WASHINGTON D.C. — Today, the Supreme Court voted not to grant certiorari (review) of legal challenges to the FCC’s 2015 Open Internet Order. TechFreedom had played a key role in that litigation, joining several leading VoIP pioneers in challenging the FCC’s sweeping claims of power to regulate the Internet (rather than the net neutrality rules themselves). Congress, if it wishes to make such a “major” decision, must clearly delegate authority to regulators, which it has not done here.
Four votes would have been required for the Court to take the case. Justice Kavanaugh embraced our arguments in a powerful dissent from the D.C. Circuit’s decision last year not to rehear a panel decision upholding the 2015 Order, but because of writing that opinion, he recused himself from this decision. Chief Justice Roberts also recused himself, apparently because of prior stock holdings in a cable company. Three Republican-appointees voted to grant petitions for cert, vacate the decision, and remand to the D.C. Circuit for rehearing.
“We always knew it was unlikely that the Court would take this case now that the FCC has reversed its sweeping claims of power over the Internet, but unless Congress legislates, the Court will eventually have to confront the question we alone have raised: should courts defer to such claims?” said Berin Szóka, President of TechFreedom. “The Court upheld the FCC’s 2002 decision not to impose heavy-handed common carriage regulation, including price controls, on broadband, applying the deferential standard of the landmark 1984 Chevron decision. The D.C. Circuit upheld the FCC’s 2015 decision to impose such regulation under the same level of deference. While the lower courts have not clearly distinguished between major and minor questions, the Supreme Court has done so in a series of cases.”
TechFreedom recently filed an amicus brief before the D.C. Circuit making the same arguments, that the FCC’s broad claims of power under both Title II and Section 706 of the 1996 Telecommunications Act raise “major questions,” thus do not qualify for Chevron deference, and must be assessed on their own merits as interpretations of the statute. By contrast, the FCC’s 2017 decision to disclaim such broad powers should, just as in 2002, qualify for Chevron deference, because it does not raise a major question.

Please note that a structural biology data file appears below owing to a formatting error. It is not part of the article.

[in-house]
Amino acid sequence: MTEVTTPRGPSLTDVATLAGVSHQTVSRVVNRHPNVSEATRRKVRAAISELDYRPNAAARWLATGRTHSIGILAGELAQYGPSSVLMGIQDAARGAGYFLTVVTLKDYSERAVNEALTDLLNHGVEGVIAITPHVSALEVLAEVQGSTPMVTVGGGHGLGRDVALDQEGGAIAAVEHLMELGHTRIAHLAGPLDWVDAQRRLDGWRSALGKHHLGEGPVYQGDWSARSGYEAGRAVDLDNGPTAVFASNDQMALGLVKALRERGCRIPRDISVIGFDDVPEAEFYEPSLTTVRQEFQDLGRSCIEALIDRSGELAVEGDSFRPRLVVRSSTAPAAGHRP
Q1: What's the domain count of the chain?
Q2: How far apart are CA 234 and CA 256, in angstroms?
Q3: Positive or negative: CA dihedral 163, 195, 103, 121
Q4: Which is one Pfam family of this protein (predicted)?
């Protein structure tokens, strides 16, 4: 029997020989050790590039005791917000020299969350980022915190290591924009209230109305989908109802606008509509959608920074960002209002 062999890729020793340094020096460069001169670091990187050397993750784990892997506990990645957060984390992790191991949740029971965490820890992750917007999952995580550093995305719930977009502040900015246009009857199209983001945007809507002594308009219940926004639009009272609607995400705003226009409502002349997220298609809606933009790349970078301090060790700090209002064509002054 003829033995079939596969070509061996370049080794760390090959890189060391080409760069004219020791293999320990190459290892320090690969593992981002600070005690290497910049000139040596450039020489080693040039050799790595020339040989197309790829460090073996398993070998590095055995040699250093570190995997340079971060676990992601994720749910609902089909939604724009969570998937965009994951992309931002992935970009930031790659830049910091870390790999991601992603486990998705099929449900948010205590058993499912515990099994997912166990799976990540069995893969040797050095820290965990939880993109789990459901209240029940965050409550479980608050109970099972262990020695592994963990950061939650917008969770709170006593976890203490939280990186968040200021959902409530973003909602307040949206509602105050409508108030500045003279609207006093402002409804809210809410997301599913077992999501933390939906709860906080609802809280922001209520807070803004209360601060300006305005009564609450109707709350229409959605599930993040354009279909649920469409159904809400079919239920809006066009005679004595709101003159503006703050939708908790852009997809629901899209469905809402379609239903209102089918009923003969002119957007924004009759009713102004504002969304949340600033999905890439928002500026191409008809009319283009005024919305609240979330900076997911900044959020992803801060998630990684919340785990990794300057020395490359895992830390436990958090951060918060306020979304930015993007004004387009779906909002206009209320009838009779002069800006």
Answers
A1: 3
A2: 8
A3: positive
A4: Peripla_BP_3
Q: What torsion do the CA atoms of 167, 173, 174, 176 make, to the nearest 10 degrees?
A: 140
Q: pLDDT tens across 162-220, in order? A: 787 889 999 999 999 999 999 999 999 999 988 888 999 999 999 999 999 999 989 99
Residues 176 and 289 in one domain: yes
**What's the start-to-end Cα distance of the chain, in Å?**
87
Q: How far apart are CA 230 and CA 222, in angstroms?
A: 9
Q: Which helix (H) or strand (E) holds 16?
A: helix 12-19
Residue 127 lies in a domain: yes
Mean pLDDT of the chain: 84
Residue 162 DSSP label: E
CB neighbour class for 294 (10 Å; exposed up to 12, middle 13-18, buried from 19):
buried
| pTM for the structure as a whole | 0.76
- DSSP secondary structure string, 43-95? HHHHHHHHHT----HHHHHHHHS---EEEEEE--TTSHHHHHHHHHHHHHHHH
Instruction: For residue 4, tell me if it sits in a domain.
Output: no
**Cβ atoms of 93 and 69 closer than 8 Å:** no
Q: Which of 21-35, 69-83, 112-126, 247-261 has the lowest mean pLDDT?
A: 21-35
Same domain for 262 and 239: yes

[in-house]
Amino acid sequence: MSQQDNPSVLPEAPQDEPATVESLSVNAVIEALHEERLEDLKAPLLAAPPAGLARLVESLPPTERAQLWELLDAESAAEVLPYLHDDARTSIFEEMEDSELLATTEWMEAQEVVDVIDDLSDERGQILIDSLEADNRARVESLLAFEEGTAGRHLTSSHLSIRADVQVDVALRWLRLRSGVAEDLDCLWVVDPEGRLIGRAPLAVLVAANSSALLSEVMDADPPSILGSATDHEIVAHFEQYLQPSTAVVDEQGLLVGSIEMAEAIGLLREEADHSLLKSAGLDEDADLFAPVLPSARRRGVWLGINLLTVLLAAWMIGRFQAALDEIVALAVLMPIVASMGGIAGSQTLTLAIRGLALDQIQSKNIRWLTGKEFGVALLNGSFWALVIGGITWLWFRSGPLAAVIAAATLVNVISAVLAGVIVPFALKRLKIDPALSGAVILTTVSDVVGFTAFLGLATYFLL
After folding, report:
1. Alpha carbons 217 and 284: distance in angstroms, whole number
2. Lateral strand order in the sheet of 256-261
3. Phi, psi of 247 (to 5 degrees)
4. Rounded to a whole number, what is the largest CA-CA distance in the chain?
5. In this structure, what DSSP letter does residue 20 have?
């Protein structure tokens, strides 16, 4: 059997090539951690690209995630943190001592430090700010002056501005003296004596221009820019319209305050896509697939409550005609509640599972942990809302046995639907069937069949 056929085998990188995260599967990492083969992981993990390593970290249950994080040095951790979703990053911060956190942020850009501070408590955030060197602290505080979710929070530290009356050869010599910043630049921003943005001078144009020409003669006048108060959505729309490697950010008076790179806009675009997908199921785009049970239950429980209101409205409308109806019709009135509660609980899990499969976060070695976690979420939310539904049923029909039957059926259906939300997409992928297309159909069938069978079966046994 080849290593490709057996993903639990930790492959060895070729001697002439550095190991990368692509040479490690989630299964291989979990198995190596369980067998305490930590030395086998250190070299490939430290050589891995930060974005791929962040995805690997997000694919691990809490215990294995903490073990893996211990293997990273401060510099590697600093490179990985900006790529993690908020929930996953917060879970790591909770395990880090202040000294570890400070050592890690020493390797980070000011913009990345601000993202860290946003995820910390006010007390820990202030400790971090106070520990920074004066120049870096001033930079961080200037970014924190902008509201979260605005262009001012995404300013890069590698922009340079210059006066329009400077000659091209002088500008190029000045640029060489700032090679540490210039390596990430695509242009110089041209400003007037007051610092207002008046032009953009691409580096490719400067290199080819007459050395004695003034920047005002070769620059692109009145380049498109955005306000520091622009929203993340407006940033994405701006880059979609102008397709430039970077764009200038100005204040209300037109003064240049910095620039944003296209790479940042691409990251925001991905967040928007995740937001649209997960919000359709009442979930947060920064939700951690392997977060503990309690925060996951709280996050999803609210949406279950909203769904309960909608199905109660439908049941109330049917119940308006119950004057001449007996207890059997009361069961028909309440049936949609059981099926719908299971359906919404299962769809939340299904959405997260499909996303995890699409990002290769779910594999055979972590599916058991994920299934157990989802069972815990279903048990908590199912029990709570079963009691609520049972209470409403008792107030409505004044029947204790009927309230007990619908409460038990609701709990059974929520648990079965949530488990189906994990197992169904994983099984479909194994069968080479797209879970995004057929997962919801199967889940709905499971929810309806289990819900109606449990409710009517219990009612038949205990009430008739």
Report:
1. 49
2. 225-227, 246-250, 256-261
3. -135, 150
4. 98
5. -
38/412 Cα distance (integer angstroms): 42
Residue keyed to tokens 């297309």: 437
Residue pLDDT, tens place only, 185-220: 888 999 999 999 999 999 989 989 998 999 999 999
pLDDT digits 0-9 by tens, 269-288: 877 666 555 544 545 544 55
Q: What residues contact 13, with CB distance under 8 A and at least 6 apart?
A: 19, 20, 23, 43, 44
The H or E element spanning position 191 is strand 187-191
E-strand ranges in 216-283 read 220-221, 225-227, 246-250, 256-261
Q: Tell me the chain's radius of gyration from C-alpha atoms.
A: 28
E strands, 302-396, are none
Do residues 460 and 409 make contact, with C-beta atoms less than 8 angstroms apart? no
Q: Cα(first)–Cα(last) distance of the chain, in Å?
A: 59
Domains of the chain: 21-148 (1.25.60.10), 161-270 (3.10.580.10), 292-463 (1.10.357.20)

“What the FCC’s statute actually means may be somewhat moot now that the FCC has returned to its original understanding of both Title II and Section 706, but absent legislation, the ping-pong match over the FCC’s authority will continue,” continued Szóka. “The next Democratic FCC Chair will undoubtedly reclaim broad power over the Internet, and the same questions of deference we’ve raised will have to be decided by the Supreme Court at that time. Given that all five Republican-appointed Justices have urged a significant re-thinking of Chevron deference, that it was actually Justice Breyer who first argued that Chevron ought not apply to questions of ‘major significance,’ and that other Democratic-appointed Justices have sometimes taken that view, we feel confident that the Court will ultimately decide that Chevron does not apply here.”
“The debate over Chevron deference may seem dull, but it underlies every other debate about tech regulation—and its resolution will have enormous consequences,” concluded Szóka. “Professor von Hayek put it best when he said that ‘it is in the technical discussion concerning administrative law that the fate of our liberty is being decided.’ So long as regulators can stand behind the shield of Chevron, the Internet will never be safe. That’s why it’s essential that Congress pass legislation that provides a clear framework for protecting net neutrality without the FCC needing to invent broad authority.”
We can be reached for comment at email@example.com. See our other work on net neutrality, including:
- Our petition for certiorari and other major filings in this case
- Our amicus brief in pending litigation over the FCC’s 2017 Restoring Internet Freedom Order
- Tech Policy Podcast #172: The Future of Internet Regulation (w/ FCC Chairman Ajit Pai)
- Our statement on the need for a legislative compromise over net neutrality
- Our statement on the D.C. Circuit’s denial of rehearing.
- Our statement on our appeal over the DC Circuit’s decision upholding Title II reclassification
- A summary of our opening brief challenging the FCC’s order
TechFreedom is a non-profit, non-partisan technology policy think tank. We work to chart a path forward for policymakers towards a bright future where technology enhances freedom, and freedom enhances technology.